MS4 is a conveyance or system of conveyances that is:
- owned by a state, city, town, village or other public entity that discharges to waters of the U.S.; designed or used to collect or convey stormwater (including storm drains, pipes, ditches, etc.); not a combined sewer; and not part of a publicly owned treatment works (sewage treatment plant).
Polluted stormwater runoff is commonly transported through municipal separate storm sewer systems (MS4s), from which it is often discharged untreated into local waterbodies. To prevent harmful pollutants from being washed or dumped into an MS4, operators must develop a stormwater management program.
Phase I, issued in 1990, requires medium and large cities or certain counties with populations of 100,000 or more to obtain National Pollutant Discharge Elimination System (NPDES) permit coverage for their stormwater discharges.
Phase II, issued in 1999, requires regulated small MS4s in urbanized areas, as well as small MS4s outside the urbanized areas that are designated by the permitting authority, to obtain NPDES permit coverage for their stormwater discharges.
Generally, Phase I MS4s are covered by individual permits and Phase II MS4s are covered by a general permit. Each regulated MS4 is required to develop and implement a stormwater management program to reduce the contamination of stormwater runoff and prohibit illicit discharges.
The MS4 program consists of several requirements, referred to as the six minimum control measures and are as follows: public education and outreach; public participation and involvement; illicit discharge detection and elimination; construction site runoff control; post-construction runoff control; and pollution prevention and good housekeeping for municipal operations. The Phase I communities have additional requirements of monitoring outfalls and inspection of industrial facilities located in the MS4 boundary.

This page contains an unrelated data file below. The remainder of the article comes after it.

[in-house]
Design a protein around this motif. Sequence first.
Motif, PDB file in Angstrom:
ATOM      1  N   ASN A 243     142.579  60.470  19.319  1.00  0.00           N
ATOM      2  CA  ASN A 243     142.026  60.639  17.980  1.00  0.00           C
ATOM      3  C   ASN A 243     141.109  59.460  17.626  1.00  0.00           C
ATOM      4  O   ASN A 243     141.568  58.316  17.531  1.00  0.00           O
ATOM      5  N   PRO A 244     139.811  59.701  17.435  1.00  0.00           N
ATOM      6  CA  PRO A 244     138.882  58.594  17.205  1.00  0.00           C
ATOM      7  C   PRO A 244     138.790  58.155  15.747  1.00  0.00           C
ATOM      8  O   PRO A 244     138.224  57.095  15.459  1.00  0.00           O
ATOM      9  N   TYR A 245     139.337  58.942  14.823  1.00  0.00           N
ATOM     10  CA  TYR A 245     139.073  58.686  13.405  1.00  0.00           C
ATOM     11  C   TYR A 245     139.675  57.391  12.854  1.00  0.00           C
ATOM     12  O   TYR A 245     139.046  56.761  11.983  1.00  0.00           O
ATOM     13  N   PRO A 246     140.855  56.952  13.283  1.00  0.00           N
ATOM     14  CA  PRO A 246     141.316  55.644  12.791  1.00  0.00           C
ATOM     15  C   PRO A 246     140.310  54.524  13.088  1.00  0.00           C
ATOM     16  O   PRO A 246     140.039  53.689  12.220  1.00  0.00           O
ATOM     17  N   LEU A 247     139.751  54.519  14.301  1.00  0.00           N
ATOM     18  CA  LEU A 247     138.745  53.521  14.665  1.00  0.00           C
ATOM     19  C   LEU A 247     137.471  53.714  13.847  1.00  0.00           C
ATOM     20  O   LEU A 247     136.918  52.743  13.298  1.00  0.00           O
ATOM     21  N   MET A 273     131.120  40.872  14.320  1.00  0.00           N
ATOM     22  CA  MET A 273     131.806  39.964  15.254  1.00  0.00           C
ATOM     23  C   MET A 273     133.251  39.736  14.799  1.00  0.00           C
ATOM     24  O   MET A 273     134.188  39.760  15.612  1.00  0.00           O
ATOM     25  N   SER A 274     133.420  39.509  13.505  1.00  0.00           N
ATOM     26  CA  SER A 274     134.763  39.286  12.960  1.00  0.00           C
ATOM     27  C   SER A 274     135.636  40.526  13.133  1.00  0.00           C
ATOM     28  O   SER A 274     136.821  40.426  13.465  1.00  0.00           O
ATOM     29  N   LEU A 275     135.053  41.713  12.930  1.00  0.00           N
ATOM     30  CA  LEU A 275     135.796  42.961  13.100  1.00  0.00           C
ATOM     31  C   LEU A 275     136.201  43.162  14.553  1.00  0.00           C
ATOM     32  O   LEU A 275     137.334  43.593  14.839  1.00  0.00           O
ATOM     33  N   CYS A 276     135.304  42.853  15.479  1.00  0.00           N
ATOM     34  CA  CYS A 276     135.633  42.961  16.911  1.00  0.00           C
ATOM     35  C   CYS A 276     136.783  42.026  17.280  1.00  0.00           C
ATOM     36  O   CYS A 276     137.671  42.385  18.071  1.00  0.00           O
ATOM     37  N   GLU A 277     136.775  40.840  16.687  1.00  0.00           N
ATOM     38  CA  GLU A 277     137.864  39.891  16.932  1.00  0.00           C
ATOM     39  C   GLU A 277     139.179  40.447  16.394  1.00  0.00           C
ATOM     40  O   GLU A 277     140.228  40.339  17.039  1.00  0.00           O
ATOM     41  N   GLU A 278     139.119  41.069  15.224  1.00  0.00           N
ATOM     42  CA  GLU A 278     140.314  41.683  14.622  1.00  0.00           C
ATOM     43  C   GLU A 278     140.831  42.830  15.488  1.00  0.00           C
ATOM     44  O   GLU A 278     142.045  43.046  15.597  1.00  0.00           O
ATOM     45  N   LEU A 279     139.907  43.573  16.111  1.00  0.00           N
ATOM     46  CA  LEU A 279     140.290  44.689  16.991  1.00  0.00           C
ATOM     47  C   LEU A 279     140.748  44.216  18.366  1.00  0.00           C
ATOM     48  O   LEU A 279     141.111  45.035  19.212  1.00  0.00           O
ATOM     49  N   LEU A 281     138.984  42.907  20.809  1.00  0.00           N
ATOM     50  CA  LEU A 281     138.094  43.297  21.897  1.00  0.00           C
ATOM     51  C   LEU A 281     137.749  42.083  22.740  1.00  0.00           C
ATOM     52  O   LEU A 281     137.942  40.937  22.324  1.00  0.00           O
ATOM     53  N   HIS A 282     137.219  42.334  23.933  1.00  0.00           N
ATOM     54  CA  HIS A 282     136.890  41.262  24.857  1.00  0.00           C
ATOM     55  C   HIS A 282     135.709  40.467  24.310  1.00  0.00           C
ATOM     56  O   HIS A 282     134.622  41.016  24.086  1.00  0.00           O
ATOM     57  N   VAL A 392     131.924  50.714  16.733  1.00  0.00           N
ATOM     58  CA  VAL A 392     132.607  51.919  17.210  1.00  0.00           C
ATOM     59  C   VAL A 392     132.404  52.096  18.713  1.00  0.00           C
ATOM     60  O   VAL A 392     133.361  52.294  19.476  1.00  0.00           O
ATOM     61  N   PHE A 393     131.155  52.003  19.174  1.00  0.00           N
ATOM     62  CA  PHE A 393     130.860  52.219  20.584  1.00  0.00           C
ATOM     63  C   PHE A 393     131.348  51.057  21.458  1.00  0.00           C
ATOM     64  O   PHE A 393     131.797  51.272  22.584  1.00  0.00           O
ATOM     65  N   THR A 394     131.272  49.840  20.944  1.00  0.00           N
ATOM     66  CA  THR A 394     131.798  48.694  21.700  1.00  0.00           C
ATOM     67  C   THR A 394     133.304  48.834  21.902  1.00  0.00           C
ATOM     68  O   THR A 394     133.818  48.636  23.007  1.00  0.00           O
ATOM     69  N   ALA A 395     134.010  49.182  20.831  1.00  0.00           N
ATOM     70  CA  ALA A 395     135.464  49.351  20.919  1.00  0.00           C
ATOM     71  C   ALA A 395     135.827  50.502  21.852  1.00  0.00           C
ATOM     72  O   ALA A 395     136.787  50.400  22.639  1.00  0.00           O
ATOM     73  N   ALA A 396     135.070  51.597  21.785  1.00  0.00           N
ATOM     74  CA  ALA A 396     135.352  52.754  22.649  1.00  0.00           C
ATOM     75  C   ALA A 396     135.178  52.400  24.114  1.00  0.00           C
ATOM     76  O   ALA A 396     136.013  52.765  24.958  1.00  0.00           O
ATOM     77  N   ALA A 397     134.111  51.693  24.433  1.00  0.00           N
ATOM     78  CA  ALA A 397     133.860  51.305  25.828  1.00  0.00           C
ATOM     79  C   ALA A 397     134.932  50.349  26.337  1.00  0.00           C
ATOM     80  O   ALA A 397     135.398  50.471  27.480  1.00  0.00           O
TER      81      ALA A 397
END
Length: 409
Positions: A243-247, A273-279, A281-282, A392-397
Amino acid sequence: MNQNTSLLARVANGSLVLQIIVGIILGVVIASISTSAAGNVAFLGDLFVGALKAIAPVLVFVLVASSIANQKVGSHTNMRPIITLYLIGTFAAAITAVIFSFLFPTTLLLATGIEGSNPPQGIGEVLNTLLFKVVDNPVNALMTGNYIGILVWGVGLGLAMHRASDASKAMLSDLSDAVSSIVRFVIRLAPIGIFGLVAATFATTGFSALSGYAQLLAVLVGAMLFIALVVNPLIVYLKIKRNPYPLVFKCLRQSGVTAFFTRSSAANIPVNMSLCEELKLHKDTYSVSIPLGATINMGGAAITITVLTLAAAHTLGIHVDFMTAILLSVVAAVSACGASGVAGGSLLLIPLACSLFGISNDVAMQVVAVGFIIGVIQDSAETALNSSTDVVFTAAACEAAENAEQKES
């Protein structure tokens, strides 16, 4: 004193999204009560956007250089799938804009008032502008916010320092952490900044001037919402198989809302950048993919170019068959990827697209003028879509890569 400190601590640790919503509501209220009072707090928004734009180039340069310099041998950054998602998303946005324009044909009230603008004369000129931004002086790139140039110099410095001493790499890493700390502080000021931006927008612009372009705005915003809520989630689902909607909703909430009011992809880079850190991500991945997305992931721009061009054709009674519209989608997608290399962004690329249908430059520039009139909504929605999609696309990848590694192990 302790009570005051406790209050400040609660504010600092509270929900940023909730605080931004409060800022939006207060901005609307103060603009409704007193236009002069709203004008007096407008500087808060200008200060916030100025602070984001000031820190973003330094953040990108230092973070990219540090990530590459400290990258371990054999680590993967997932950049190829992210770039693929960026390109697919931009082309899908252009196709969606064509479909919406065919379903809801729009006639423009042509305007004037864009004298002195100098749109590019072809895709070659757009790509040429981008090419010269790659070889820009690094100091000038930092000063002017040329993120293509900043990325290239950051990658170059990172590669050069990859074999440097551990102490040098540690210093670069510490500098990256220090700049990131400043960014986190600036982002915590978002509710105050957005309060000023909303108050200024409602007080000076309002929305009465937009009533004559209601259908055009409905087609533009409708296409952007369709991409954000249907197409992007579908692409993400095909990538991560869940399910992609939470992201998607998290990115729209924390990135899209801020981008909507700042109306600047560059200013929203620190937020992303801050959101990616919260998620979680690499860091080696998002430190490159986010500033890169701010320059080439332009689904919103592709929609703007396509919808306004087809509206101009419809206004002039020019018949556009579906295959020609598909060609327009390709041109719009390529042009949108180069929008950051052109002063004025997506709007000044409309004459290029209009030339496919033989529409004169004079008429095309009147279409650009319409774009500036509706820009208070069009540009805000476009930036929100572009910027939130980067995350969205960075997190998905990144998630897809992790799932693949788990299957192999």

Click the link below to read the Borough’s Pollutant Reduction Plan.
Walk with Watershed Stewards: Union Canal Tow Path
Walk with Watershed Stewards: Union Canal Tow Path and explore your local landscape with a trained Master Watershed Steward. Learn about the historical and natural environment around us and the recreational opportunities.
Sat., May 7, 2022
(10:00 AM – 12:30 PM ET)
1102 Red Bridge Rd.
Reading, PA 19605
This walk will start and end at the Heritage Center in Reading, PA and will be approximately 2.5 miles round trip. Please wear comfortable shoes suitable for a trail hike. The hike will take you along the Union Canal trail and turn around at Gring’s Mills. Rest Rooms are available at the start and midpoints of the hike. Expected walk time is about 2.5 hours including a 15-minute rest stop at Gring’s Mills. There will be eight pauses for specific talking points along the walk.
Who is this for?
- General public
- Families – children aged 14-18 may attend but must be accompanied by an adult
- Anyone interested in learning about their local watershed
What will you learn?
- Increase walkers’ awareness of the historical and natural environment around us as well as the recreational opportunities
- Provide some historical background with examples in the vicinity
- Highlight watershed concepts and illustrations in the surroundings seen during the walk
- Discuss the origin and highlights of the Clean Water Act
- Talk about the Master Watershed Steward Program
- Introduce the Tulpehocken Creek Watershed Association